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what warmer than in Kentucky. In the low country the heat is very considerable during the summer months, when the peculiar moisture of the atmosphere subjects the inhabitants to bilious and intermitting fever, especially when the winds blow from the south; but the general temperature of the climate is more equal than in other parts of the United States, the country being mostly sheltered by high mountains from the storms of the north-east, and the warm winds of the gulf, which in other places occasion those sudden changes so injurious to health,
Rivers. This state is so well watered, that there is scarcely any part of it more than twenty miles distant from a navigable stream. The Tennessee, or Cherokee river, the largest branch of the Ohio, rises in the mountains of Virginia and Carolina, traverses the eastern parts of this state in a south-west direction, then passing into the Alibama and Mississippi countries, forms a great bend there, crosses the western parts of Tennessee in a northern direction, and after flowing sixty miles through Kentucky, joins the Ohio, fiftyseven miles from the Mississippi, by an outlet 600 yards wide. It is navigable for the largest bow-boats as far as the Mussel Shoals, 250 miles from its mouth, and thence to its passage through the Cumberland mountains, about an equal distance, there is depth of water sufficient for boats of 40 or 50 tons. In the Supplement to the Western Gazetteer, it is said to be navigable 1100 miles. The two upper branches of this river descend from the Cumberland mountains in Virginia. The one known by the name of the Clinch or Pelison river,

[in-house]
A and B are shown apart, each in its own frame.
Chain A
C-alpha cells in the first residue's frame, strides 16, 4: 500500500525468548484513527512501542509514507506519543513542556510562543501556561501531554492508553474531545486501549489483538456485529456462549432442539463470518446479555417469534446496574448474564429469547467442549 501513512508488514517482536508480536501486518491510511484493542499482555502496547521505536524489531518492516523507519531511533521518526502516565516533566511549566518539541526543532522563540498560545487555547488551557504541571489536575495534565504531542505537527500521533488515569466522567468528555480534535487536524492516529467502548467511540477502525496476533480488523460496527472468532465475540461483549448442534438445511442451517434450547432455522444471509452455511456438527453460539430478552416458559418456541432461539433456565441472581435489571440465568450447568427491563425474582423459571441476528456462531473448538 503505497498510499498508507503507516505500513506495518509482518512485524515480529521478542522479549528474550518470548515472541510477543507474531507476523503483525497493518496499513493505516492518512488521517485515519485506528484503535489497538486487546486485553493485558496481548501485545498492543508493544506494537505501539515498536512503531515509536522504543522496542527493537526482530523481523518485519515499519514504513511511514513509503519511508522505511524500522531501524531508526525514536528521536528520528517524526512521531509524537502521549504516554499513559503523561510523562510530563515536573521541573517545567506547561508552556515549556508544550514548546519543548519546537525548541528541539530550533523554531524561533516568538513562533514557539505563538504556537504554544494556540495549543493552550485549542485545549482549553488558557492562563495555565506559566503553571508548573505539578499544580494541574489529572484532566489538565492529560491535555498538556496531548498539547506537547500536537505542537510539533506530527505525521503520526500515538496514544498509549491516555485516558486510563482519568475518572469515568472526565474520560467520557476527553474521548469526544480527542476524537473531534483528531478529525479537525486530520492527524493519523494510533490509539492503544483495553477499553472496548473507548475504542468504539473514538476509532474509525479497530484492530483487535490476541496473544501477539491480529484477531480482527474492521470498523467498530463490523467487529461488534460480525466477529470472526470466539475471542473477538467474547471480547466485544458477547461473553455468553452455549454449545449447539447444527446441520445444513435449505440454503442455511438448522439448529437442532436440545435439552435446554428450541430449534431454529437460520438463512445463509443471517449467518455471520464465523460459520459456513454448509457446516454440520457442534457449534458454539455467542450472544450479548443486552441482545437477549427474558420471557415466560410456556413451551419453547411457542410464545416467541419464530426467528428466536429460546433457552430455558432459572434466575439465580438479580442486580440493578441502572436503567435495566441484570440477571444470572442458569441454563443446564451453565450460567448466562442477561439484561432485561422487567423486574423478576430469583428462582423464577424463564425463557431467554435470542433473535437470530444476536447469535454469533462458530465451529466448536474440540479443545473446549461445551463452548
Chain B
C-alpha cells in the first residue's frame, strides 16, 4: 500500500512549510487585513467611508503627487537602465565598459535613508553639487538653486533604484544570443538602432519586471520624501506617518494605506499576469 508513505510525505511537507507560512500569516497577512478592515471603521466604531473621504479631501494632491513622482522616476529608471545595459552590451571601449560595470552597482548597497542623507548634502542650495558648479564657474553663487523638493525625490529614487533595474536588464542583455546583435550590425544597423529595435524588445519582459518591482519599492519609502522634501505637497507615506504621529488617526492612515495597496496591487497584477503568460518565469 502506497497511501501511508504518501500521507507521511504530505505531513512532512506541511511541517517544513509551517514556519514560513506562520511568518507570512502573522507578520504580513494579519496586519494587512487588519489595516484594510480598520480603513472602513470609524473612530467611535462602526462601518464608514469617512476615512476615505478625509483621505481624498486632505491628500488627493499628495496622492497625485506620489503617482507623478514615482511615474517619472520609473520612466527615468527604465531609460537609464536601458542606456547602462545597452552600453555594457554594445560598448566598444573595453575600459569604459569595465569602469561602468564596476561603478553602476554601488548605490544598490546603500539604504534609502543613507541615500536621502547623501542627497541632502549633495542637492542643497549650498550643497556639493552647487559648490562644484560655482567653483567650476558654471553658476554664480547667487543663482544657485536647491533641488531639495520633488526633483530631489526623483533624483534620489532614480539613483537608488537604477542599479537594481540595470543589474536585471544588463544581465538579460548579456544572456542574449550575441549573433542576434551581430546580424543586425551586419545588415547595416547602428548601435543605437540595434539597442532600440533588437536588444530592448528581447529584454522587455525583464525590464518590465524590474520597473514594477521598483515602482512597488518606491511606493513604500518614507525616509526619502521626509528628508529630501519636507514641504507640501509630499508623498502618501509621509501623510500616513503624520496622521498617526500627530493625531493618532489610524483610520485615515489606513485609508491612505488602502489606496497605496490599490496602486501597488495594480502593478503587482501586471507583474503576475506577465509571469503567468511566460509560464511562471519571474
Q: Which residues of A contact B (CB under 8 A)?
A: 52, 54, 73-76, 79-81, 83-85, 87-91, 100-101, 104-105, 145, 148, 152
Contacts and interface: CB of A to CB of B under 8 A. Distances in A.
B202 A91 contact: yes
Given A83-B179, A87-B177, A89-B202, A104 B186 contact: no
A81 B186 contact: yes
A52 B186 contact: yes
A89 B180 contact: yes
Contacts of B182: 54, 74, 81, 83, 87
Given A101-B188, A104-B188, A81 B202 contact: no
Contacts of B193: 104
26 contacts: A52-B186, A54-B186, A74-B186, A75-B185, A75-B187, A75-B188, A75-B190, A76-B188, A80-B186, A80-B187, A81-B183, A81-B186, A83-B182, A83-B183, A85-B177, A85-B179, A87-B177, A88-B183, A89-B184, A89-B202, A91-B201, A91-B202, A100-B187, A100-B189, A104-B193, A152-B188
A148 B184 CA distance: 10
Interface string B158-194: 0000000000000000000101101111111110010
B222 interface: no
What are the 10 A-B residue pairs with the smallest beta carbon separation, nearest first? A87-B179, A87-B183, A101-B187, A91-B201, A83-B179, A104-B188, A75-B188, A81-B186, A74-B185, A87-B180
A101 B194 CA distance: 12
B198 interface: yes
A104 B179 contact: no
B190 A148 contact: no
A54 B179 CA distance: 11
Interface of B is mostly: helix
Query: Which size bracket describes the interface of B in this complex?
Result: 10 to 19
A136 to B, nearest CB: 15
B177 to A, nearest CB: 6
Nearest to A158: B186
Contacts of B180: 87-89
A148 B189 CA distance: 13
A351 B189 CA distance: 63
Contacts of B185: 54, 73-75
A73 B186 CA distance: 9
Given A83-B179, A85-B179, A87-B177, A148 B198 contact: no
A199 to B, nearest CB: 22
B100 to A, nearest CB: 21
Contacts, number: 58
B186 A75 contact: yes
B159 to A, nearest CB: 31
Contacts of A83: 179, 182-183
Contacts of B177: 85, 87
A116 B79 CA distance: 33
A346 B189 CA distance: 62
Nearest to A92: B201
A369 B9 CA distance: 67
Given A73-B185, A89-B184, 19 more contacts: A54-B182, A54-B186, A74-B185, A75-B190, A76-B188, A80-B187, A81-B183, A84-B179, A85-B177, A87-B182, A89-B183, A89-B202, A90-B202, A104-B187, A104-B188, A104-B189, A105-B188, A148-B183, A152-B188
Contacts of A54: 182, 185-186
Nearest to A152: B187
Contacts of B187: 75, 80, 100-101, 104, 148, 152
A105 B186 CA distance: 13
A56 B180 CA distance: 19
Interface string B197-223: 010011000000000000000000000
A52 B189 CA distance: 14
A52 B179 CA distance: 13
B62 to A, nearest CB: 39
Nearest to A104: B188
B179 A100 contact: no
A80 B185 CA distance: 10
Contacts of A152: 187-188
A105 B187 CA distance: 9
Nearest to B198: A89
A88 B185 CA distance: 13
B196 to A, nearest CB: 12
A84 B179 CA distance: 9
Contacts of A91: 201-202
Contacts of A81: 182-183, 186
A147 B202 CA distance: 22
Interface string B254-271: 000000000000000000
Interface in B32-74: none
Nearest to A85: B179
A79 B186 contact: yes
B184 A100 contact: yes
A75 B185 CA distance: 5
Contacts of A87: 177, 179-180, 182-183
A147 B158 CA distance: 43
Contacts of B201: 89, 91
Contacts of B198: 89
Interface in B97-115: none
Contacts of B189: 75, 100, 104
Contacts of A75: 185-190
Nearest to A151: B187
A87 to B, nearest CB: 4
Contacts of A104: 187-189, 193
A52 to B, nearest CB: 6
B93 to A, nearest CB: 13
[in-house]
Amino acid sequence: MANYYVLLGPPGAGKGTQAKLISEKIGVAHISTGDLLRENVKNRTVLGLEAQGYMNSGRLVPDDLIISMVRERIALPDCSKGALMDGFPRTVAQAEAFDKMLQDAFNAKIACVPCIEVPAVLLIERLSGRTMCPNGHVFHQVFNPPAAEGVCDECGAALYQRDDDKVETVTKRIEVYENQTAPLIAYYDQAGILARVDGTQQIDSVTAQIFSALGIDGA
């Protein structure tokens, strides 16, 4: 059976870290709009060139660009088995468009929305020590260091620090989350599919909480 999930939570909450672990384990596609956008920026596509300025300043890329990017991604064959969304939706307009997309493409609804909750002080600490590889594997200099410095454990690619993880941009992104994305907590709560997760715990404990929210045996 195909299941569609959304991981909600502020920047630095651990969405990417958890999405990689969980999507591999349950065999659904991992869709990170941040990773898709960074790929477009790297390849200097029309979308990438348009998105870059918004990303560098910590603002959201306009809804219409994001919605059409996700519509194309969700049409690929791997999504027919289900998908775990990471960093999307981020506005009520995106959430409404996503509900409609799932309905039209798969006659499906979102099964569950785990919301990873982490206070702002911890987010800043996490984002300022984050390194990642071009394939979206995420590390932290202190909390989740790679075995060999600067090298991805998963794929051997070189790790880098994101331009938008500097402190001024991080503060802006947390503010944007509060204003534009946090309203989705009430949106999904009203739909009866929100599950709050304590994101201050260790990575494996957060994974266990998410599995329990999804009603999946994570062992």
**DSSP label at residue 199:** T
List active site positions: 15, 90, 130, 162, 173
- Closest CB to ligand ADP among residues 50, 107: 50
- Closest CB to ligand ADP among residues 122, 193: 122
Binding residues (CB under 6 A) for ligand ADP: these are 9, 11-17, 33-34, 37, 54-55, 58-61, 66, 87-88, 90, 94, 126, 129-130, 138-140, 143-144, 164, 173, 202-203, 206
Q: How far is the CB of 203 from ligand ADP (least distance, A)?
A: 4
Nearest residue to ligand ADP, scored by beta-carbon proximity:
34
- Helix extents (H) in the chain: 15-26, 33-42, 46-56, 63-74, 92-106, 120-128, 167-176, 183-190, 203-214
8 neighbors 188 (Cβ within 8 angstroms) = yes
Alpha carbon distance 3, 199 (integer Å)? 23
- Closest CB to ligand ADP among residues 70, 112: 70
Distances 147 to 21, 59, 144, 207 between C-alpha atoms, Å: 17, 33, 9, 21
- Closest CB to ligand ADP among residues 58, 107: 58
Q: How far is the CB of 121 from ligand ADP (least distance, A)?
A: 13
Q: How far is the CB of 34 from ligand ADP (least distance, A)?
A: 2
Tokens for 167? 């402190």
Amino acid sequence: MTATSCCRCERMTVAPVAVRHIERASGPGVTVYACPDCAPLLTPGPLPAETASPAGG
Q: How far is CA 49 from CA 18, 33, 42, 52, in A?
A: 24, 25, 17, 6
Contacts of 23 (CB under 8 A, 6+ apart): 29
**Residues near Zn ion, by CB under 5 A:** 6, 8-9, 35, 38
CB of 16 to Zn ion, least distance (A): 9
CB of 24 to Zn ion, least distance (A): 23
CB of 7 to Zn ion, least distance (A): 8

is navigable for boats 200 miles from its outlet, which is 150 yards in width. The other, called the Holstein, runs a course of 200 miles, and is navigable for boats of twenty-five tons upwards of 100 miles. It has several branches, the most considerable of which are Watauga and French Broad river. The Hiwassee, Chickomago, and other streams, runs into the Tennessee from the northern parts of Georgia. The Elk, and other streams, run from the southern parts of Tennessee through the Alibama territory to the Mussel Shoals. Duck river, which enters a little above the 46th degree, running a north-west course, is boatable 90 miles from its outlet, near which it receives a very considerable branch, called Buffalo river, running in a northerly direction. The Cumberland river, which rises in the mountains in the south-eastern parts of Kentucky, traverses the middle parts of Tennessee in its long and irregular course to the Ohio, with which it unites in the western corner of the state of Kentucky, ten or twelve miles above the mouth of the river Tennessee. This river is navigable for boats of twenty tons burthen to Nashville, situated on its southern bend, and small craft ascend 150 miles higher. Before the establishment of steam-boats, the voyage from New Orleans to Nashville required about sixty days. A number of small streams run into the Cumberland on the southern side. The western parts of Tennessee are watered by several short streams which run a westerly course into the Mississippi, the Forked Deer river, the Chickasaw, the Obian, and Reel Foot.
Minerals.-Iron ore in great abundance on the